"Ever wondered what the well-dressed man wears next to his skin?" In this early 60s advertisement, the bloke is a businessman — played by 30-something Peter Harcourt — and the answer is tighty whities, aka Jockey undies. An era of selfies and Dan Carter Jockey billboards was decades away, and originally the Pacific Films-made ad was rejected for television screening, before later being passed on appeal. Harcourt acted regularly in Wellington theatre; his wife was actor Kate Harcourt, and he fathered actor Miranda and journalist Gordon.
This collection celebrates all things equine on New Zealand screens. Since the early days of the colony, horses have been everything from nation builders (Cobb & Co) to national heroes (Phar Lap, Charisma) to companions (Black Beauty) to heartland icons. Whether work horse, war horse, wild horse, or show pony, horses have become a key part of this (Kiwi) way of life.
Occasional Heartland host Kerre Woodham visits the annual Easter races at Riverton in Southland. Riverton is New Zealand's second oldest town, and the close knit locals have a big passion for horse-racing. Woodham talks to owners, trainers (one of them at his freezing works job), jockeys and punters, as well as the judges of 'Best Dressed Lady at the Races', who are looking for a nice line in matching hats, bags, shoes and gloves. The documentary contains some good examples of the Southland rolled 'r' from some of the locals who are interviewed.
This National Film Unit documentary looks at thoroughbred racehorse breeding in New Zealand, an industry described as producing "the world's finest racing" — eg 1966 Melbourne Cup winner Galilee. Made when racing could arguably still be called our national sport, the film visits leading stud farms (such as Trelawney in the Waikato) to follow the life of a foal, from birth through yearling sales and training, to Wellington Cup race day — when roads are gridlocked with "a congregation whose bible is a racing almanac". The footage includes a 'good citizenship' school for jockeys.
This is the first of a two-part "money and greed" morality tale set in a Rogernomics-era 'New Auckland' of property deals and horse racing. Working class lass Tammy (Annie Whittle) and art consultant Joanna (Miranda Harcourt, fresh from Gloss) are an unlikely duo who inherit a racehorse and a greasy spoon cafe (instant coffee rather than cappuccino). Brit import James Faulkner plays a shady developer whose scheme is blocked by the duo. Murder, underhand unitary plans, yuppie love and old gambling debts complicate life for Tammy and Joanna.
In this documentary from 1991, two-time Olympic gold medalist Mark Todd searches for his second win at the 1989 Badminton Horse Trials. Adding to the challenge, he's riding a horse — The Irishman — that he's only just met. Elsewhere in Chris Wright's documentary Todd rides horses on his grandfather’s Cambridge farm, and has early unlikely success at Badminton riding Southern Comfort and legendary horse Charisma. Todd would go on to win several Olympic medals, before triumphing at Badminton for the fourth time in 2011 — nearly 30 years after his first success.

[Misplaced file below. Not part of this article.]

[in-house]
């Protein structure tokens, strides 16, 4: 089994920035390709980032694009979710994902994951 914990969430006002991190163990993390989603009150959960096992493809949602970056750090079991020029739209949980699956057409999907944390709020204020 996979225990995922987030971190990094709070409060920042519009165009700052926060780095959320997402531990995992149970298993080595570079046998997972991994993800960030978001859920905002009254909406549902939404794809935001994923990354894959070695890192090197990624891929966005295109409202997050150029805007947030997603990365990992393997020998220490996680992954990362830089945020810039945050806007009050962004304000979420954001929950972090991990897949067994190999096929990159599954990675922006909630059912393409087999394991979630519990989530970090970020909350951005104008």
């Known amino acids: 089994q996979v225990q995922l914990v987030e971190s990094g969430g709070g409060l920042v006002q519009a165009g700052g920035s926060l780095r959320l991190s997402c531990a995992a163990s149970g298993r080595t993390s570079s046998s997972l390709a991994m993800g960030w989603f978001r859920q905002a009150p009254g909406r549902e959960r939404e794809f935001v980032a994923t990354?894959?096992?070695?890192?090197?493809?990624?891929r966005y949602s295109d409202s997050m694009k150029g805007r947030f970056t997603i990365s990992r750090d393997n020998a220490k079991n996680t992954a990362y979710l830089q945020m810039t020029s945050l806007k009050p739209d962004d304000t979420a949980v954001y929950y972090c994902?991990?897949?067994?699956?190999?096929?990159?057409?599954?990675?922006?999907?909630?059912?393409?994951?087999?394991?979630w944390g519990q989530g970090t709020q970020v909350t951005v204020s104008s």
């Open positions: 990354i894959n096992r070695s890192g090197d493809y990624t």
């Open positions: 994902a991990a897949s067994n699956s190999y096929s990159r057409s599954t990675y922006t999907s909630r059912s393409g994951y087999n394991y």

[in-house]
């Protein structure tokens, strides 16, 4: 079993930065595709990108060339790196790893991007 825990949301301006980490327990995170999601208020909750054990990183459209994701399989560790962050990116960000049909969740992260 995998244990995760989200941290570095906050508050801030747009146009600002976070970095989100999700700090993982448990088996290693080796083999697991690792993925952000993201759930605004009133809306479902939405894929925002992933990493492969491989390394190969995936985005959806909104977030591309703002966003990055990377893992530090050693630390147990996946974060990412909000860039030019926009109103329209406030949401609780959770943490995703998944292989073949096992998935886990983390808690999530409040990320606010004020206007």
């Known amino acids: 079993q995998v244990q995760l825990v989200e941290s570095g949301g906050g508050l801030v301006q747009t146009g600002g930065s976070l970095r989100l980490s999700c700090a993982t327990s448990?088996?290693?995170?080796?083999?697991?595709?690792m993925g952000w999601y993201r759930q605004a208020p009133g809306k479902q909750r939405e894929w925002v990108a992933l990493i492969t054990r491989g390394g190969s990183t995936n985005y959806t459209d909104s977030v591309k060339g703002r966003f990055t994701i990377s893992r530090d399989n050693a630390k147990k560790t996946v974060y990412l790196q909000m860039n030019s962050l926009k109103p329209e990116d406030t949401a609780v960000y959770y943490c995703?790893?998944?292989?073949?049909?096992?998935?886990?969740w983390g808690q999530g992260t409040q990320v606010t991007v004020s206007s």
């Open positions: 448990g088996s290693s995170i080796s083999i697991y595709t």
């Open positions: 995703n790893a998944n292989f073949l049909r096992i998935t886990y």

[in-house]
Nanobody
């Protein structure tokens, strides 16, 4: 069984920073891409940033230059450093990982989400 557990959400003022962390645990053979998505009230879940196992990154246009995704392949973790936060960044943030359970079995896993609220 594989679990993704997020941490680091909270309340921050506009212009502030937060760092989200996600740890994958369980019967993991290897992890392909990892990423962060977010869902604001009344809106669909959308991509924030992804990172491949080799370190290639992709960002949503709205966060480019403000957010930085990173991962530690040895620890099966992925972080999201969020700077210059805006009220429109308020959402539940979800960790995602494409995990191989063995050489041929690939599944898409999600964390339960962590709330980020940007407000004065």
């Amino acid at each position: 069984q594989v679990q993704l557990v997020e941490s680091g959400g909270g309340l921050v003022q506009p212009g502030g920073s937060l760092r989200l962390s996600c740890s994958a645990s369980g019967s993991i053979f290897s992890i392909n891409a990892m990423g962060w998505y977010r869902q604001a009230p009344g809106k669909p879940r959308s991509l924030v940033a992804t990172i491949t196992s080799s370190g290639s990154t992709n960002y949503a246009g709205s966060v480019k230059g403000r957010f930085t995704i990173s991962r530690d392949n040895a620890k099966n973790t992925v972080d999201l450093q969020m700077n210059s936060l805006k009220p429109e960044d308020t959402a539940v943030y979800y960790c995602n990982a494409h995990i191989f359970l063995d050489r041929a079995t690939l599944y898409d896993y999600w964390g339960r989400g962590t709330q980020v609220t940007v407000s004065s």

This July 1977 Seven Days report tunes in to Radio 1XX Whakatāne, NZ’s then-smallest private radio station. Coastline Radio has been giving the Eastern Bay of Plenty its own MOR voice for six years. Seven Days reveals tensions between DJs in cut-throat jousting for spots. On-trial Breakfast DJ John Adeane describes his job as “personality projection” as he chugs on a Camel and rouses “the country giant”. He warns of the danger of being “an attractive proposition to the girls in town”, and describes behind the scenes activities during the religious programming.
This two-part mini-series is set in an 80s 'New Auckland' world of mirror glass and murderous corporate conspiracy. British actor James Faulkner (latterly Bridget Jones' Uncle Geoffrey) plays a shady developer with a smash and burn approach to urban planning. Blocking his utopian waterfront scheme is a cafe. The inheritors of the greasy spoon — and a racehorse — are a duo of feisty femmes: working class Tammy (Annie Whittle), and art consultant Joanna (Miranda Harcourt). The Shadow Trader marked an early producing credit for Finola Dwyer (An Education).
Reporter Greg Boyed gives Dr Seuss a run for his money in this story on the Undie 500, a dash down Auckland's Queen St for runners willing to make their underwear 'outer' wear. Boyed delivers his voice-over in perfect rhyming couplets, even tying in off the cuff comments from the two winners. Back in the studio, Judy Bailey and Simon Dallow enjoy Boyed's creativity. Boyed went on to present current affairs show Q+A, and late night news bulletin Tonight. After his death on 20 August 2018, tributes flowed in from across New Zealand.
Set in a Rogernomics-era 'New Auckland' world of property deals and horse racing, the second part of this 1989 mini-series sees the brassy odd couple Tammy (Annie Whittle) and Joanna (Miranda Harcourt) in deep water. The working class battler and the art consultant have done up their inherited greasy spoon, but they're the "only fly in the ointment" of the 'Vision 2000' scheme of a nefarious developer (Brit import James Faulkner). Girl power meets utopian unitary planning as the duo find bones in the basement, and get too close to the secrets of Huntercorp HQ.